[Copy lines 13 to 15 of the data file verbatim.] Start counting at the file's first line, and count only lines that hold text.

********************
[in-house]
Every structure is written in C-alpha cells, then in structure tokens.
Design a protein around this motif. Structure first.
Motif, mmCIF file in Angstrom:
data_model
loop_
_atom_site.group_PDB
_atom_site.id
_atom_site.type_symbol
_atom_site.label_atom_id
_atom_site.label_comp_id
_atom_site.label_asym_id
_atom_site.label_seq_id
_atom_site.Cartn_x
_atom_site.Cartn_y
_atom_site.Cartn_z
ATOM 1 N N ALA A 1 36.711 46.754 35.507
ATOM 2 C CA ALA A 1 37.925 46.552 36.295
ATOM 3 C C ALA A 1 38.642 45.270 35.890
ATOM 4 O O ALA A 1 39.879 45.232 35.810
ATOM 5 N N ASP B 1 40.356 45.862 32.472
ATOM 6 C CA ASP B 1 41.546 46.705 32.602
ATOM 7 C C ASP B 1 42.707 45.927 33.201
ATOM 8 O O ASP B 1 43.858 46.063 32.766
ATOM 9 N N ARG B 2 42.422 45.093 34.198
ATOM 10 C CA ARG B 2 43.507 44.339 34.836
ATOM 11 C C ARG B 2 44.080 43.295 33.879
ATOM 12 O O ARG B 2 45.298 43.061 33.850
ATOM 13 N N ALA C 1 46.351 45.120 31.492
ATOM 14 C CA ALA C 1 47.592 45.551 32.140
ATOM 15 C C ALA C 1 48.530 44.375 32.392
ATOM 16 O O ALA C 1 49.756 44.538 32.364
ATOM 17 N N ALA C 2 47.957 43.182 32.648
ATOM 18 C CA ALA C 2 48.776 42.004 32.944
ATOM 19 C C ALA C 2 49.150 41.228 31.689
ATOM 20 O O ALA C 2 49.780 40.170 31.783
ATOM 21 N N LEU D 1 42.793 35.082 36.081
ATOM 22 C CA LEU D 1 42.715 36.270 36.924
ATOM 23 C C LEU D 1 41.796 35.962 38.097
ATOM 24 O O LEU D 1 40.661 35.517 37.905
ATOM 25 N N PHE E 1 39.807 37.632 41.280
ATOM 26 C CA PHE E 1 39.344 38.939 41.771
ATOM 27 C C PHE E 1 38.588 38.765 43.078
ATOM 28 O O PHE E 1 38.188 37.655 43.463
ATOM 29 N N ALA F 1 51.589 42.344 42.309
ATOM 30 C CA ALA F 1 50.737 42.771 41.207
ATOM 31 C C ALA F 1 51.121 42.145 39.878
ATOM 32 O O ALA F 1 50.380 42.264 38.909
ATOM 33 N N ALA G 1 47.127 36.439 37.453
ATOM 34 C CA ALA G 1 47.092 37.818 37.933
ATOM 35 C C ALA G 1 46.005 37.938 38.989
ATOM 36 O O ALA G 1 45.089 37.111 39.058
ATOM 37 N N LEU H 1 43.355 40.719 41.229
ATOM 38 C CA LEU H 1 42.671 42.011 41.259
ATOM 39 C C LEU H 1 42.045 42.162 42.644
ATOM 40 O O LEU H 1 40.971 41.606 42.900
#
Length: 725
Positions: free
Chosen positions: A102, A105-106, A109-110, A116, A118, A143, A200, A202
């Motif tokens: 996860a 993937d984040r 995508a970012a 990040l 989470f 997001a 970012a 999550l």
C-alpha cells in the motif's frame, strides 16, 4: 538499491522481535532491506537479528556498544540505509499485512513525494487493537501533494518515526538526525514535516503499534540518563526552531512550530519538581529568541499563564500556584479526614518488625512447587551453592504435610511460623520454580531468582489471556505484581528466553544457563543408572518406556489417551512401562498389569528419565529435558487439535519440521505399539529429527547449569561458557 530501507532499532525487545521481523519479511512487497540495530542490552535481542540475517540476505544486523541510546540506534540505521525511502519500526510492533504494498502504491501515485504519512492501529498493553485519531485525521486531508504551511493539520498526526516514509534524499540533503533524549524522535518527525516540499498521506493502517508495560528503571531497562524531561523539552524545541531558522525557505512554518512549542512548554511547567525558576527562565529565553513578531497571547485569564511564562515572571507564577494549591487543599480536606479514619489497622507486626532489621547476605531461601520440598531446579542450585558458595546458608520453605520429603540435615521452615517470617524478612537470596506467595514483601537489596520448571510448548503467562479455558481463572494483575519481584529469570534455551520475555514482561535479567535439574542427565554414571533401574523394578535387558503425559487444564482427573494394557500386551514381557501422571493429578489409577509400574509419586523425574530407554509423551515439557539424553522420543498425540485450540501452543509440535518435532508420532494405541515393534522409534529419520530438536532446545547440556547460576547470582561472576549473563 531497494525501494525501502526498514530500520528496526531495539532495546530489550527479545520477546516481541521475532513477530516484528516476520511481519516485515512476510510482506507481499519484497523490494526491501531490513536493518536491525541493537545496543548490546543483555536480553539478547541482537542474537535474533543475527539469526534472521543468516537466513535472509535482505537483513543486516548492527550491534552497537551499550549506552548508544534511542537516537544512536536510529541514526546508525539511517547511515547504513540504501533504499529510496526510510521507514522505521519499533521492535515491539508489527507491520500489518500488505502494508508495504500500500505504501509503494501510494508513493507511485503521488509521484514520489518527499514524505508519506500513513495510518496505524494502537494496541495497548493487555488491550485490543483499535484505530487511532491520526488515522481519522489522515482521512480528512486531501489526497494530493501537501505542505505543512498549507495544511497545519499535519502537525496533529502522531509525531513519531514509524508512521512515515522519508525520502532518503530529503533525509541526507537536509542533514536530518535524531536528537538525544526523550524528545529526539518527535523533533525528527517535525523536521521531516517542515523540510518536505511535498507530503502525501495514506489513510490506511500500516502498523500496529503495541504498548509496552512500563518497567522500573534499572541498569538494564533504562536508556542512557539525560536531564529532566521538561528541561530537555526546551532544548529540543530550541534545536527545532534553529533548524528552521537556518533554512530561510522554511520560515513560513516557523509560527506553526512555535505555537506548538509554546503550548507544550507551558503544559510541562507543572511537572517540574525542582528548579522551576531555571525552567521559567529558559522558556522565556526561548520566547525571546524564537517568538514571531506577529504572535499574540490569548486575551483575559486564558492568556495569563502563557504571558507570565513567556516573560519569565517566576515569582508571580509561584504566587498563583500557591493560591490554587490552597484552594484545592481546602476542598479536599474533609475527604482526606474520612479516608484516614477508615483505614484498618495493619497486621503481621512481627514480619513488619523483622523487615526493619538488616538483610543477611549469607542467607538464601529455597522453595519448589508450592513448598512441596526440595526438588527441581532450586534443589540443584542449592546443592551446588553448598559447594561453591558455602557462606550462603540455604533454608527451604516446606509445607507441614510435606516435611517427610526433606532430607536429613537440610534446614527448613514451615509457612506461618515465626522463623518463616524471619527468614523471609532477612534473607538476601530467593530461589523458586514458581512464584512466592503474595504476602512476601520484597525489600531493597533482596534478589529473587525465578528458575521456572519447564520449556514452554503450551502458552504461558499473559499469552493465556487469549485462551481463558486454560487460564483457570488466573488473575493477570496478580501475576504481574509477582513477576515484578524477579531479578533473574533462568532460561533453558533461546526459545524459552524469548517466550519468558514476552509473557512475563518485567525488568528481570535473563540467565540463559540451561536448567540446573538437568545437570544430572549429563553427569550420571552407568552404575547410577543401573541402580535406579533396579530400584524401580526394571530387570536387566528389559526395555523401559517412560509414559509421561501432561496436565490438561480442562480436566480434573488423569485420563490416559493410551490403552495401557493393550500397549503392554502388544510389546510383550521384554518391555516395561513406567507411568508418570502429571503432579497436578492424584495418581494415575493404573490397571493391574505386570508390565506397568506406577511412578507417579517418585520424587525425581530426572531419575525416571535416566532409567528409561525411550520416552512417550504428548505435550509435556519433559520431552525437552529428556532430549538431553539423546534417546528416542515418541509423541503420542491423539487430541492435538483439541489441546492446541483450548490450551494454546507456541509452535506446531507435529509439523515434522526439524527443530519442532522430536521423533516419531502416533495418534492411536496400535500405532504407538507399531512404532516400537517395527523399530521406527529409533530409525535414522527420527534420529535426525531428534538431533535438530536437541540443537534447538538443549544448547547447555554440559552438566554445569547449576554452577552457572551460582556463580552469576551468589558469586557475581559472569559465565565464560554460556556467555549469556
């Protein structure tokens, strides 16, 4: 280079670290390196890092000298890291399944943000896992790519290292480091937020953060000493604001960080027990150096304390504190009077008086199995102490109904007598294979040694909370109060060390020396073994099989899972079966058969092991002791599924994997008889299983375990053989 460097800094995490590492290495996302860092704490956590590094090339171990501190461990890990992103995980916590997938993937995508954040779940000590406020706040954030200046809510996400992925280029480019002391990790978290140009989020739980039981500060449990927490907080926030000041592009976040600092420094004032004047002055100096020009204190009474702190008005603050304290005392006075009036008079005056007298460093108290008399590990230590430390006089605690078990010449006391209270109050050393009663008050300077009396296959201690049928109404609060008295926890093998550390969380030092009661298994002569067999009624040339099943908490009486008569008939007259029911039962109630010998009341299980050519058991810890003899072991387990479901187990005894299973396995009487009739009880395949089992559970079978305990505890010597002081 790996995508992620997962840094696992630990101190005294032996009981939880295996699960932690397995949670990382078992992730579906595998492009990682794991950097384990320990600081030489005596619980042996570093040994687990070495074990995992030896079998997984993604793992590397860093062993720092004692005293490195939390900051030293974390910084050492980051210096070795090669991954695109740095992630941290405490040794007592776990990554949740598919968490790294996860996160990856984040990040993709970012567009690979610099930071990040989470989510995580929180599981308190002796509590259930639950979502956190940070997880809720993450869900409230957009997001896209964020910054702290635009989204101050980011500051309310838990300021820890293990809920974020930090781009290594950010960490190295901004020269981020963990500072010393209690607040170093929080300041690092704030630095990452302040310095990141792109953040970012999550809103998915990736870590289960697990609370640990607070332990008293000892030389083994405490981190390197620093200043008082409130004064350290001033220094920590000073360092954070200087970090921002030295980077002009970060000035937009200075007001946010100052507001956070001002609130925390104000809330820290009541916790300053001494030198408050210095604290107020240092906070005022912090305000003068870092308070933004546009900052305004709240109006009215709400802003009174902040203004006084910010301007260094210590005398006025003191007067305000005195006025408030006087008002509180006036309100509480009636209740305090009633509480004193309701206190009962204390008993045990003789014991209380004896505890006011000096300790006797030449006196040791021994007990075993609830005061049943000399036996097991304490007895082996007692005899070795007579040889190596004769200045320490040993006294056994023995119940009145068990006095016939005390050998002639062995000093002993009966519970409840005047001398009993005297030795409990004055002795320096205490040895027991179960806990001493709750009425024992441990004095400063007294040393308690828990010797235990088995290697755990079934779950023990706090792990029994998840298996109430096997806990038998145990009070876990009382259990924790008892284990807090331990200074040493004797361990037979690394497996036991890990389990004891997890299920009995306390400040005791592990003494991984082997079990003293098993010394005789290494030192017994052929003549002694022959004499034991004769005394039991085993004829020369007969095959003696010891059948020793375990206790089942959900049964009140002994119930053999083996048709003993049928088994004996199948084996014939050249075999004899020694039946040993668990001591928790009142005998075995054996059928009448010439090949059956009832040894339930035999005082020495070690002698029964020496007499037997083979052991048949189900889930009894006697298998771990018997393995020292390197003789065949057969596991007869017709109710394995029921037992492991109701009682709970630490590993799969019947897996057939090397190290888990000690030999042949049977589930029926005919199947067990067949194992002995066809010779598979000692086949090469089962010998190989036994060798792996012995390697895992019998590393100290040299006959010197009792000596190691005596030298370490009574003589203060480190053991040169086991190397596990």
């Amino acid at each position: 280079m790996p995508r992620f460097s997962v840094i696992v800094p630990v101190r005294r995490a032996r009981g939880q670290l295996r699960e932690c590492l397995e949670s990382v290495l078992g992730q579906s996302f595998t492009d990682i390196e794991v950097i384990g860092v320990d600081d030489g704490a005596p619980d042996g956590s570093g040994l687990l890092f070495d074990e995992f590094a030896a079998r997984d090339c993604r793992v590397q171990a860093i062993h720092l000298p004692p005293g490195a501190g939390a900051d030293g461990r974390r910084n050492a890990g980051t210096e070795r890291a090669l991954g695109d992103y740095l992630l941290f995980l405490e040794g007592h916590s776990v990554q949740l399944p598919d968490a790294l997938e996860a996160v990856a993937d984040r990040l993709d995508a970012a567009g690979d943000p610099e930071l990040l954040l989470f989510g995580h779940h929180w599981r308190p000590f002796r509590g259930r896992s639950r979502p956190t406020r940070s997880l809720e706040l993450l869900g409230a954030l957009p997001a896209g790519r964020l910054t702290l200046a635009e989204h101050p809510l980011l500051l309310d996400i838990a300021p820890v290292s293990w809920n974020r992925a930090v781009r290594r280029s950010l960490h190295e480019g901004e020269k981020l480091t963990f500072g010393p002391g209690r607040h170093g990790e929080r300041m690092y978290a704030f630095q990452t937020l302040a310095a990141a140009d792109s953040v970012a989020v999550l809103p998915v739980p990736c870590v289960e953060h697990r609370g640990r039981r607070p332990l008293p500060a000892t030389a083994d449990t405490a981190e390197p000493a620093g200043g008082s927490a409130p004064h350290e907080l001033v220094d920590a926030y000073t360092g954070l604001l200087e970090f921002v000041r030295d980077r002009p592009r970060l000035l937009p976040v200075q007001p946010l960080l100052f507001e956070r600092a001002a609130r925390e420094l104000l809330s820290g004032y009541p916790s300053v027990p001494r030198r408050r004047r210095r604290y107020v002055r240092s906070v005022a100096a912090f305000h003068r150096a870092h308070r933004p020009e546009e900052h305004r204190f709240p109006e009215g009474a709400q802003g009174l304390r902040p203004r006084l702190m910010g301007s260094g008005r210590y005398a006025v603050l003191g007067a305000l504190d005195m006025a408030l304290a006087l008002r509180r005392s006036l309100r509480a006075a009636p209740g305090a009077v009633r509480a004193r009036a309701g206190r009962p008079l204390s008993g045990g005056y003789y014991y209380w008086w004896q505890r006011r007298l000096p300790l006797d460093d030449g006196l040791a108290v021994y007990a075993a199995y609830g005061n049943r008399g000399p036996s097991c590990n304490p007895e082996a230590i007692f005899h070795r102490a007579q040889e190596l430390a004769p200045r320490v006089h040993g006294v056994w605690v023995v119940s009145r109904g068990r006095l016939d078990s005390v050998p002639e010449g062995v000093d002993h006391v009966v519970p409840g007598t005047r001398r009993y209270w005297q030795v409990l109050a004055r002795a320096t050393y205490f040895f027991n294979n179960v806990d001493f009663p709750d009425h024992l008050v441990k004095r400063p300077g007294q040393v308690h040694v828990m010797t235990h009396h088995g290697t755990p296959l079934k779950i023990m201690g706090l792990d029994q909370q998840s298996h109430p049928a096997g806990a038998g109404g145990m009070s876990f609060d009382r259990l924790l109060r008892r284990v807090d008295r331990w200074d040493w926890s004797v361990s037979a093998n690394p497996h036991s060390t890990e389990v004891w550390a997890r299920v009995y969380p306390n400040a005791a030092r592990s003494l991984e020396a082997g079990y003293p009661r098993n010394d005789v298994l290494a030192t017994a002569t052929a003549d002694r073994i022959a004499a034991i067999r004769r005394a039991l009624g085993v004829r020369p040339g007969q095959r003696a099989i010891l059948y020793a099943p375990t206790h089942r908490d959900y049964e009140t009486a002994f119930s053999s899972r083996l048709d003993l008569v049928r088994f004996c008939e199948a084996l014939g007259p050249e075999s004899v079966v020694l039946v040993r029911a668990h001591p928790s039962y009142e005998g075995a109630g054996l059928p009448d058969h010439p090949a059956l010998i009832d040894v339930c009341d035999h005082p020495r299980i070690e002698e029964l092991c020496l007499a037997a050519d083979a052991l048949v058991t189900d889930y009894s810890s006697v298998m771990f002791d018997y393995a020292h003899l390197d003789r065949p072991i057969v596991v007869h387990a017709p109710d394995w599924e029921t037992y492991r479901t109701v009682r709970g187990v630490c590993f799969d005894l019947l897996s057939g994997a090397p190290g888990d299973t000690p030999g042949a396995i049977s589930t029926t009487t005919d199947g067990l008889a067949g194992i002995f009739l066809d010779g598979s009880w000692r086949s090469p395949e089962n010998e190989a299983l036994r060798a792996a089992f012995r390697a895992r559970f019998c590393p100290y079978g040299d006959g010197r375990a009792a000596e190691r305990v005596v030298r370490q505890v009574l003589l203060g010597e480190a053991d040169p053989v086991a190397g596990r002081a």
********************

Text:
_atom_site.label_seq_id
_atom_site.Cartn_x
_atom_site.Cartn_y